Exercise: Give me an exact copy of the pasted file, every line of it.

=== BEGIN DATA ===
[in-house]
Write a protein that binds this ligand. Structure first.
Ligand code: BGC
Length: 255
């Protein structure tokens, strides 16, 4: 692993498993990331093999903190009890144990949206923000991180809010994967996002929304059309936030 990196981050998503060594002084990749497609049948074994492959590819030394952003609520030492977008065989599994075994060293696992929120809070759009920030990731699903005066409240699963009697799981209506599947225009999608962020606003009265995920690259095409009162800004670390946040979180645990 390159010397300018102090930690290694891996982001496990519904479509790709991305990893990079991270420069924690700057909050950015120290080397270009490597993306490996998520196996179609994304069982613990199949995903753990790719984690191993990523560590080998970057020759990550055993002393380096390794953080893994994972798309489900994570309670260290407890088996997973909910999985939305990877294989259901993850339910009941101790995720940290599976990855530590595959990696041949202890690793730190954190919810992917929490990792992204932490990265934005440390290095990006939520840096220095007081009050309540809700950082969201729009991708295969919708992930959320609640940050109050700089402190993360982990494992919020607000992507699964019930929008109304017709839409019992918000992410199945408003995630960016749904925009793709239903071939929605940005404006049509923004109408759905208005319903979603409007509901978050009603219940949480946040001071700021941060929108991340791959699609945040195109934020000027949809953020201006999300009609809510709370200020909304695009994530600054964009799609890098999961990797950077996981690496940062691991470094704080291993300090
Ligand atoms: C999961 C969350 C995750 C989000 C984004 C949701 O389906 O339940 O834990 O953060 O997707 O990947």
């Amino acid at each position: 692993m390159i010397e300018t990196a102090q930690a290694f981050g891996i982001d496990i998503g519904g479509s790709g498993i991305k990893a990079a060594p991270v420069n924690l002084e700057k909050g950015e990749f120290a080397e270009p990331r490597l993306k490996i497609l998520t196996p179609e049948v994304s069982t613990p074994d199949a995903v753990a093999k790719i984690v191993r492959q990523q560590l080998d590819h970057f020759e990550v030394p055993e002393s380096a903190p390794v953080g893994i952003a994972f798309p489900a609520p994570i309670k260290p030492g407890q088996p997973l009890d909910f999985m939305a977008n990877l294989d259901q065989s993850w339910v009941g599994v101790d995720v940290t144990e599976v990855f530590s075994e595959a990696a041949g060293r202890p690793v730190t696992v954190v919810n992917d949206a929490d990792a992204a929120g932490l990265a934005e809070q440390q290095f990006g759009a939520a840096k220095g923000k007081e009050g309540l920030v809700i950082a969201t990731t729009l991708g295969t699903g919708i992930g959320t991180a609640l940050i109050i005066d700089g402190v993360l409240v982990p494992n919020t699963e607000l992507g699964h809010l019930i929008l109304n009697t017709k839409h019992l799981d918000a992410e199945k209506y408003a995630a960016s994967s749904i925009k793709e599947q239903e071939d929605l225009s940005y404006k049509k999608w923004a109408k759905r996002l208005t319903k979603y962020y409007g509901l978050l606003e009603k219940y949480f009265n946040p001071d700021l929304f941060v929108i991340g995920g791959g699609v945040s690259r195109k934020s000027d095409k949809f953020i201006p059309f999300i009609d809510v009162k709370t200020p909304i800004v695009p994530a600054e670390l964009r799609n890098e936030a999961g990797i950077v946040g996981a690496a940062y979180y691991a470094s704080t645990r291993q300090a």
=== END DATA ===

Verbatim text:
[in-house]
Write a protein that binds this ligand. Structure first.
Ligand code: BGC
Length: 255
């Protein structure tokens, strides 16, 4: 692993498993990331093999903190009890144990949206923000991180809010994967996002929304059309936030 990196981050998503060594002084990749497609049948074994492959590819030394952003609520030492977008065989599994075994060293696992929120809070759009920030990731699903005066409240699963009697799981209506599947225009999608962020606003009265995920690259095409009162800004670390946040979180645990 390159010397300018102090930690290694891996982001496990519904479509790709991305990893990079991270420069924690700057909050950015120290080397270009490597993306490996998520196996179609994304069982613990199949995903753990790719984690191993990523560590080998970057020759990550055993002393380096390794953080893994994972798309489900994570309670260290407890088996997973909910999985939305990877294989259901993850339910009941101790995720940290599976990855530590595959990696041949202890690793730190954190919810992917929490990792992204932490990265934005440390290095990006939520840096220095007081009050309540809700950082969201729009991708295969919708992930959320609640940050109050700089402190993360982990494992919020607000992507699964019930929008109304017709839409019992918000992410199945408003995630960016749904925009793709239903071939929605940005404006049509923004109408759905208005319903979603409007509901978050009603219940949480946040001071700021941060929108991340791959699609945040195109934020000027949809953020201006999300009609809510709370200020909304695009994530600054964009799609890098999961990797950077996981690496940062691991470094704080291993300090
Ligand atoms: C999961 C969350 C995750 C989000 C984004 C949701 O389906 O339940 O834990 O953060 O997707 O990947």
């Amino acid at each position: 692993m390159i010397e300018t990196a102090q930690a290694f981050g891996i982001d496990i998503g519904g479509s790709g498993i991305k990893a990079a060594p991270v420069n924690l002084e700057k909050g950015e990749f120290a080397e270009p990331r490597l993306k490996i497609l998520t196996p179609e049948v994304s069982t613990p074994d199949a995903v753990a093999k790719i984690v191993r492959q990523q560590l080998d590819h970057f020759e990550v030394p055993e002393s380096a903190p390794v953080g893994i952003a994972f798309p489900a609520p994570i309670k260290p030492g407890q088996p997973l009890d909910f999985m939305a977008n990877l294989d259901q065989s993850w339910v009941g599994v101790d995720v940290t144990e599976v990855f530590s075994e595959a990696a041949g060293r202890p690793v730190t696992v954190v919810n992917d949206a929490d990792a992204a929120g932490l990265a934005e809070q440390q290095f990006g759009a939520a840096k220095g923000k007081e009050g309540l920030v809700i950082a969201t990731t729009l991708g295969t699903g919708i992930g959320t991180a609640l940050i109050i005066d700089g402190v993360l409240v982990p494992n919020t699963e607000l992507g699964h809010l019930i929008l109304n009697t017709k839409h019992l799981d918000a992410e199945k209506y408003a995630a960016s994967s749904i925009k793709e599947q239903e071939d929605l225009s940005y404006k049509k999608w923004a109408k759905r996002l208005t319903k979603y962020y409007g509901l978050l606003e009603k219940y949480f009265n946040p001071d700021l929304f941060v929108i991340g995920g791959g699609v945040s690259r195109k934020s000027d095409k949809f953020i201006p059309f999300i009609d809510v009162k709370t200020p909304i800004v695009p994530a600054e670390l964009r799609n890098e936030a999961g990797i950077v946040g996981a690496a940062y979180y691991a470094s704080t645990r291993q300090a």